A couple months ago I first told you about my ongoing fascination with New York mayor Michael Bloomberg. I was amazed with the positive response from people who were also fed up with the automatons that are simply mouthpieces for the extreme left or right, and appreciated people like Bloomberg who had the guts to play the game differently. Of course net worths in the billions does make it easier to say what you think without having to return political favors.
Tonight I’m watching a sunset over the ocean six time zones west of New York, enjoying a dinner of a favorite fish I can’t seem to find elsewhere, and catching up on some reading. Some rather old reading, if a Business Week from last month is any indication. The June 25th issue has a special report on Bloomberg titled The CEO Mayor which provides additional insight into a leadership style that is a breath of fresh air.
This forthright and prosaic 65-year-old billionaire just may have the right combination of managerial, risk-taking, and political skills. Applying lessons from an early career on Wall Street and from two decades building his eponymous financial-information and media empire, the mayor is using technology, marketing, data analysis, and results-driven incentives to manage what is often seen as an unmanageable city of 8 million. Bloomberg sees New York City as a corporation, its citizens as customers, its sanitation workers, police officers, clerks, and deputy commissioners as talent. He is the chief executive.
So what are some attributes of his leadership style? How about basic voice of the customer?
"Good companies listen to their customers, No.1," he says. One month after being sworn in, Bloomberg proposed a 311 line that would allow New Yorkers to report everything from noise pollution to downed power lines. Since it launched in March, 2003, 311 has received 49 million calls. The service employs 370 round-the-clock call takers. And New York has done an impressive job of data-mining the calls and quickly responding, says Stephen Goldsmith, the former mayor of Indianapolis and now a professor at Harvard’s Kennedy School of Government. "Something special is going on in New York," he says.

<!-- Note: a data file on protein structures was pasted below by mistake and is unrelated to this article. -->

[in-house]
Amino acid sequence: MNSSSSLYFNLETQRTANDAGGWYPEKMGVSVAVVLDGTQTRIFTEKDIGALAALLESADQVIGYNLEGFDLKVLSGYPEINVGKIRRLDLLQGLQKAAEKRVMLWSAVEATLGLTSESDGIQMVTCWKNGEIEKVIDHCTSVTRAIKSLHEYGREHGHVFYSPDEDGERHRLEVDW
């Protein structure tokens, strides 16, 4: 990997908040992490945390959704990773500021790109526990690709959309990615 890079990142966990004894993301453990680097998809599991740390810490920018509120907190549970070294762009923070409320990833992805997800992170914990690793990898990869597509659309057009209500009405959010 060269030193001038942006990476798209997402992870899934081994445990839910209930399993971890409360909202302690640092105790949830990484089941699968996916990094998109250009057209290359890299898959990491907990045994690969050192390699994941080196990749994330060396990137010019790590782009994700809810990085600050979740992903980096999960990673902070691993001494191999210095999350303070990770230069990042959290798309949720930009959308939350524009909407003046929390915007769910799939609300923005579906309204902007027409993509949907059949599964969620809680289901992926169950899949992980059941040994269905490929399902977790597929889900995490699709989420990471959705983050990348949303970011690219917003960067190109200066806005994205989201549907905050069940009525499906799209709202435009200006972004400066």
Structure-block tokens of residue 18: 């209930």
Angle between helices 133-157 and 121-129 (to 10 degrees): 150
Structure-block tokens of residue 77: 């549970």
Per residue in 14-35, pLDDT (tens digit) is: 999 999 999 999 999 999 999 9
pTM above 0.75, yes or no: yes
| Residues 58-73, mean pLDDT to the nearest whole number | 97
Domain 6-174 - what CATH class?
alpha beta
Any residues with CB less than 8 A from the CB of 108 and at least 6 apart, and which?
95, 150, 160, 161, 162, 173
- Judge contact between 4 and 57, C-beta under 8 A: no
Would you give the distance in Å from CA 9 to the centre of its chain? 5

And the results speak for themselves.
Emergency 911 traffic is down by 1 million calls since 311’s inception, meaning first responders are being called to fewer non-emergencies. The Buildings Dept. uses 311 to streamline the permit process and the review of plans by inspectors. The average wait time for an appointment with a building inspector has dropped from 40 days to less than a week. Two years after 311 launched, inspections for excessive noise were up 94%; rodent exterminations, 36%.
Bloomberg knows who he works for, and strives to make his operational management more transparent. Let’s begin with the physical aspects.
Bloomberg made City Hall "see-through." All meeting rooms had glass windows, so you could look inside. His desk and those of his staff were clustered in a room without walls to facilitate better and faster communication.
How many CEO’s of multi-billion dollar corporations do you know that share an open room with the staff? For that matter, how many supervisors of one or two people do you know that feel they must have an office with walls? As the chief executive he truly feels that he "owns the numbers."
In a task that previously fell to city budget directors, Bloomberg himself each year makes three budget presentations in the same day: one to city council, another for other elected officials, and one to the press. He uses easy-to-follow charts and tables, much like a CEO’s Power Point presentation to analysts. His hope is that, by explaining the forces shaping the city’s economy, a better understanding of his tax and spending priorities will emerge.
And he wants his final customers to also understand how the city is run.
What’s more, citizens can get a closer look at their city government than ever before. The semiannual mayor’s management report once exceeded 1,000 pages in three printed volumes. Today, the report—which reviews the delivery of city services—is 186 pages, available online, and includes many more features than before, including neighborhood data and five-year trends that allow New Yorkers to compare past and present. In addition, the city plans and budget, once convoluted fiscal documents with only summaries available online, are now fully accessible on the city’s Web site.
It’s paying off.
Yet his checklist-obsessed operating style has resonated with New York’s famously cynical citizenry—70% approval ratings attest to that—and well beyond Gotham. Since 2003, New York says it has added 151,100 new private sector jobs, boosting the economy and fueling a construction boom. And last year the city reports attracting 44 million visitors, up from 35 million in 2002. Now, with the city in surplus, Bloomberg plans to hand out $1.3 billion in tax cuts not only to homeowners but also to businesses and shoppers. His takeover of city schools five years ago from the state has led to dramatically improved test scores.
Sometimes we’re smart enough to learn from and emulate success. And one city that has had a string of incompetent mayors may get lucky.
Adrian Fenty. Washington’s 36-year-old mayor has adopted the newsroom-style office, or bullpen, that Bloomberg brought from his company, and is now seeking a Bloomberg-style overhaul of his city’s own chronically underperforming schools.
How about the rest of us outside of politics? Are we really listening to our customers, involving our team in decisionmaking, and having the guts to make the right moves instead of pandering to the next promotional opportunity?